ranians Flocking to Christian Television

By

Sze Leng Chan
Christian Post Correspondent
Fri, Sep. 21 2007 12:51 PM ET
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A
Christian satellite TV network has reported “spectacular church
growth” in Iran and noted the importance of media in
strengthening the churches there as well as in reaching out to Muslims.

SAT-7
is “receiving a lot of reports on people watching this channel
more than almost any other channel in Iran,” Debbie Brink, the
network’s executive director, reported recently to Mission
Network News (MNN).

She said SAT-7 had deliberately chosen not to tackle political issues and focuses instead on the message of hope and peace.

“I
think we attract viewers in these times, because they’re looking for an
alternative message. They’re tired of all the conflict and the war, and
they do see opportunities for learning more about God’s love, His
forgiveness, reconciliation and peace,” she stated.

In recent
years, an increasing number of Muslims throughout the Middle East have
converted to Christianity through watching Christian satellite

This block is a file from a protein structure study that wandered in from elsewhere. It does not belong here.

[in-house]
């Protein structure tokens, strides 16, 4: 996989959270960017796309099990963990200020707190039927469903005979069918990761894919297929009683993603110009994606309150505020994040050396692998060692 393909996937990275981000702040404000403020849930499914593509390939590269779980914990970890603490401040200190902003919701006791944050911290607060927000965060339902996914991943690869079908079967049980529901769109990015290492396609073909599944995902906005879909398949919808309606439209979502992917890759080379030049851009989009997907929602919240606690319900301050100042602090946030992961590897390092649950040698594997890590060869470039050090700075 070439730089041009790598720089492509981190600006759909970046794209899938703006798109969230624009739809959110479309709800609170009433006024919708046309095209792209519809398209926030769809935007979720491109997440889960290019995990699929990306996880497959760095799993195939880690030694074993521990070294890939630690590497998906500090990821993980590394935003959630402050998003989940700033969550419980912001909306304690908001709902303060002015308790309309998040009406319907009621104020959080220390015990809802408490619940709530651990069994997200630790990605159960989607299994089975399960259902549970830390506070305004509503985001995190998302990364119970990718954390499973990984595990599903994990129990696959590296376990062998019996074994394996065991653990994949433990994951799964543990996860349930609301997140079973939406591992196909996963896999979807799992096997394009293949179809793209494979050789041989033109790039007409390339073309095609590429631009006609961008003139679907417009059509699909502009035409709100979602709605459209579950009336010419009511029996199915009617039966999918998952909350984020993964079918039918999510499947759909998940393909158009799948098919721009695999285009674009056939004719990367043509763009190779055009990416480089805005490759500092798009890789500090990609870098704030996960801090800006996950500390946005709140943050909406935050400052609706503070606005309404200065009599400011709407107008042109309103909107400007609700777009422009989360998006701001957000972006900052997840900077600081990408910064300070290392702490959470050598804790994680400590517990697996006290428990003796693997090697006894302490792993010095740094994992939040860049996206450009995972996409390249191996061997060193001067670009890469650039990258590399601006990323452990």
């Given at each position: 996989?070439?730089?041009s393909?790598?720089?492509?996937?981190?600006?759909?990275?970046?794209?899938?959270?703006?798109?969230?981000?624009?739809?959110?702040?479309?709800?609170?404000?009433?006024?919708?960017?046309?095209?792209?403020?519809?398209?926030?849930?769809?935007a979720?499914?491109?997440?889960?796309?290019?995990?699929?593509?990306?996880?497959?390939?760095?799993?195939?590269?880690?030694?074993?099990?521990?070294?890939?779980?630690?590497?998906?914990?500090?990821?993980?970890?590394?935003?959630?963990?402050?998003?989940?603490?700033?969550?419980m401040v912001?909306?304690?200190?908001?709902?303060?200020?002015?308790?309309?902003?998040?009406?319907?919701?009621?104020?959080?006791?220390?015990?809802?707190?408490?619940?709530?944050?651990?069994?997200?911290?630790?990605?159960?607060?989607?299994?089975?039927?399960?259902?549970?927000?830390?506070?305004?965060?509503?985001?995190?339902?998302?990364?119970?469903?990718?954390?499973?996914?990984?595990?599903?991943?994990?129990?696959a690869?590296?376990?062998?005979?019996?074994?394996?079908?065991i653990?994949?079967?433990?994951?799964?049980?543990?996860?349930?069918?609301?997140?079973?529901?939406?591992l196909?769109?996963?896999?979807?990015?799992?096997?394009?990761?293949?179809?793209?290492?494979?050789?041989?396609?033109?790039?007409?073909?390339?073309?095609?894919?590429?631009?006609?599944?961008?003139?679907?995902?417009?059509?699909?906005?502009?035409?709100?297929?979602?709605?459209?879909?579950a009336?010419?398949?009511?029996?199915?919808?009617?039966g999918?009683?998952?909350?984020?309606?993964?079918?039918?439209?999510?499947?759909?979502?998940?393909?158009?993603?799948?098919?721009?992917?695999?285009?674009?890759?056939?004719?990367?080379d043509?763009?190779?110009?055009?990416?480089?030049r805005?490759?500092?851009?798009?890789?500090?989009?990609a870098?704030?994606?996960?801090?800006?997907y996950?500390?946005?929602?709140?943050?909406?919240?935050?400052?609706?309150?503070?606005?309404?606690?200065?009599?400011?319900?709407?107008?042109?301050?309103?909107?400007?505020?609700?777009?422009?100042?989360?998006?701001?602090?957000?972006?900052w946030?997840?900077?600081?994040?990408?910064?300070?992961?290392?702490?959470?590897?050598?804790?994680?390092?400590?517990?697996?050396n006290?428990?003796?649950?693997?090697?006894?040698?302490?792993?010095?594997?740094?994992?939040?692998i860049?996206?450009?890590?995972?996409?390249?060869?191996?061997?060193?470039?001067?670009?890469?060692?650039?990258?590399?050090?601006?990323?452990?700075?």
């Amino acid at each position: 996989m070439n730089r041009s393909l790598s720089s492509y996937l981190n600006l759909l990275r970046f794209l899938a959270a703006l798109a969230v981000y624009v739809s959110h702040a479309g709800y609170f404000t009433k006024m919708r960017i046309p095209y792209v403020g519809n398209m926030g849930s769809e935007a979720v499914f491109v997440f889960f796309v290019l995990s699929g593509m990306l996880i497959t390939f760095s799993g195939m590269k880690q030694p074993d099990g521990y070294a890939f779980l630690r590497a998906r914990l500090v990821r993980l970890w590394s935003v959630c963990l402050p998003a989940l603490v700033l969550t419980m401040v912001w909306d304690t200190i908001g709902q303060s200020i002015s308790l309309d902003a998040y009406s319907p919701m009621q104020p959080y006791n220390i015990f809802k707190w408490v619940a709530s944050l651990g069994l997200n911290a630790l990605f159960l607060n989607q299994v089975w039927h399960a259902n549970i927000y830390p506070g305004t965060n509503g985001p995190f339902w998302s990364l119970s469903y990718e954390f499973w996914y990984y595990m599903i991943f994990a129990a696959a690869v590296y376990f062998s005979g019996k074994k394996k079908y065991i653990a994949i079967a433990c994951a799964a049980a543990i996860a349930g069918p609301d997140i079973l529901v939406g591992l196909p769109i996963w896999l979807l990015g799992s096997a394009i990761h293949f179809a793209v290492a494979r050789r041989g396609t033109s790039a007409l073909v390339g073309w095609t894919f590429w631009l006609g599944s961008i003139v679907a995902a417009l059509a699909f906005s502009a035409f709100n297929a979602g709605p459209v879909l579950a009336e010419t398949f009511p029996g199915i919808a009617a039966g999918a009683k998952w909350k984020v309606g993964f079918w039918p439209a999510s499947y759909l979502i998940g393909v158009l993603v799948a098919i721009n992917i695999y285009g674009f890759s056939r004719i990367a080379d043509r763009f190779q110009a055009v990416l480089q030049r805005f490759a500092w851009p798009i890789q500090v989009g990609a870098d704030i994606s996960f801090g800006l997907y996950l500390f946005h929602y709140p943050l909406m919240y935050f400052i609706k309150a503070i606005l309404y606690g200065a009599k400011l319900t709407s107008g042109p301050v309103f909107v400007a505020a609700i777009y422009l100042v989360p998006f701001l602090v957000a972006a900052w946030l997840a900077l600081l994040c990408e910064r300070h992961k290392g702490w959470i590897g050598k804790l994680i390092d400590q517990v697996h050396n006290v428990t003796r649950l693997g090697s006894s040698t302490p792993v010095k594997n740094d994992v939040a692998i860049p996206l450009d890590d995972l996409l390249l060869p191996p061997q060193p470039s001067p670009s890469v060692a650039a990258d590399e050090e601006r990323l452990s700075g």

television programming.

Satellite TV has emerged as an important
and effective evangelism tool to share the Gospel with Muslims in
closed Islamic states.

Muslims watching the shows have confessed
that the message of hope and love is a stark contrast to the oppressive
Islamic message conveyed by their government and on Islamic TV programs.

“The
house church movement has seen spectacular growth,” reported
Stefan De Groot, Open Doors Middle East field worker, in a recent
report on the growth of Christianity in Iran.

“This is not
happening just because of dreams and miracles,” he said, as is
common among Muslims. “The majority of people now come to faith
through the multimedia, and especially satellite-TV. Nobody can control
which programs Iranians watch.”

SAT-7 is the first Arabic
language Christian satellite channel to broadcast successfully in the
Middle East and claims a viewership of 8-10 million in the Middle East
and North Africa.

It also broadcasts 24-hours-a-day in Farsi and
Turkish through SAT-7 Pars, which takes its name from the Farsi word
that embodies the Persian culture.

Christian Post reporter Michelle Vu contributed to this report.

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